Reginald Ray: Dr.
Reginald “Reggie” Ray brings us four decades
of study and intensive meditation practice within the Tibetan Buddhist
tradition as well as a special gift for applying it to the unique
problems, inspirations, and spiritual imperatives of modern people. He
currently resides in Crestone, Colorado, where he is President and
Spiritual Director of the Dharma Ocean Foundation, founded with his
wife Lee who is Vice-President, a non-profit educational organization
dedicated to the practice, study and preservation of the teachings of
Chögyam Trungpa Rinpoche and the practice lineage he embodied.
Reggie received his PhD from the Divinity School of the University of Chicago in 1973. After spending a year in India on a Fulbright-Hays fellowship, studying Tibetan and completing his dissertation, he took up a tenure track position at Indiana University. In the spring of 1974, at the invitation of Chögyam Trungpa Rinpoche, he moved to Boulder, Colorado where he became the first full-time faculty member and chair of the new Buddhist Studies Department at Naropa University where he has taught ever since.. In subsequent years, he received two of the prestigious year long NEH Senior Research Fellowships in support of his scholarly writing. In 1997, Reggie became the first teacher in residence at the Shambhala Mountain Center and, over his seven year tenure there, became well known for his intensive Winter Dathün retreats. In 2005, seeking a permanent home for their growing community of students, Reggie and Lee moved to Crestone and now oversee the Dharma Ocean foundation and its many programs and projects. Dharma Ocean's Crestone retreat center, nestled in the foothills of the Sangre de Cristo Mountains, includes a nearly completed meditation hall (seating 150 meditators, with residence building to follow), the development of a center for solitary and small group retreats, and various other facilities for community events and adminstrative support.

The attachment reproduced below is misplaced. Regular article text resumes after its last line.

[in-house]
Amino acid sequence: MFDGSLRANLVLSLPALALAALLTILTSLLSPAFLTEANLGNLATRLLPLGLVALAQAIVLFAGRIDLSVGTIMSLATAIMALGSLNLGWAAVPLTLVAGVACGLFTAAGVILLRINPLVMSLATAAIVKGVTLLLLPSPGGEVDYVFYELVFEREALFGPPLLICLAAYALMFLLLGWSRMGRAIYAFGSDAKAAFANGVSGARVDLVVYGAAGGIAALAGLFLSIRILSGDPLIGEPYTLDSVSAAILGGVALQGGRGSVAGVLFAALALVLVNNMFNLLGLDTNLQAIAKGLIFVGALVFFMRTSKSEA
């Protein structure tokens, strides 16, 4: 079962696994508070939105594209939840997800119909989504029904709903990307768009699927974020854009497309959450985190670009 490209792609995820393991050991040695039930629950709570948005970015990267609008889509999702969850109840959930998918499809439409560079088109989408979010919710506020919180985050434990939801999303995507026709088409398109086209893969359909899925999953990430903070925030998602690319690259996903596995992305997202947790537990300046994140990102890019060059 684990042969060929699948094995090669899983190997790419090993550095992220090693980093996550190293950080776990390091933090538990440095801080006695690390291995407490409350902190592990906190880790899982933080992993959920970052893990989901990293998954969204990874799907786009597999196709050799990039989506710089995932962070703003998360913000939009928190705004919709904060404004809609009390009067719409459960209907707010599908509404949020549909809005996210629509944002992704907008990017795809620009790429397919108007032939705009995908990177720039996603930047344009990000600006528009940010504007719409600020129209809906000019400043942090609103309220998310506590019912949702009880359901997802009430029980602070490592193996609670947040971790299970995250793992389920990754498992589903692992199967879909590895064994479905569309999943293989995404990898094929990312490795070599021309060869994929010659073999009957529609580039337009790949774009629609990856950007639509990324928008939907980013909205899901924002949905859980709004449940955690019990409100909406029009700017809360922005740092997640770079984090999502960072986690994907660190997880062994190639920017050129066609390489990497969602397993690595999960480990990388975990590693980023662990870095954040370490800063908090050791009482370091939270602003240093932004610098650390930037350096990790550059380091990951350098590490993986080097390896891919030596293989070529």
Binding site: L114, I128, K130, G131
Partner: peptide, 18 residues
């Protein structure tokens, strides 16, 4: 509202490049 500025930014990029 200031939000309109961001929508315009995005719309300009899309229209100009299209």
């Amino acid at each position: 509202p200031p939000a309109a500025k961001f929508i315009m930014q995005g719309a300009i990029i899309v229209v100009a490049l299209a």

During the course of his exploration of Buddhism, Reggie has studied with many accomplished masters of the Nyingma and Kagyu schools of Tibetan Buddhism and Zen. In recent years, he has worked with indigenous teachers from North and South America, and Africa. Reggie now incorporates much of the wisdom of these earth-based traditions into his Buddhist teachings, claiming that we have much to learn from indigenous cultures and that the Vajrayana too—at it’s core—is a the survival within Buddhism of a far more ancient ancient form of spirituality.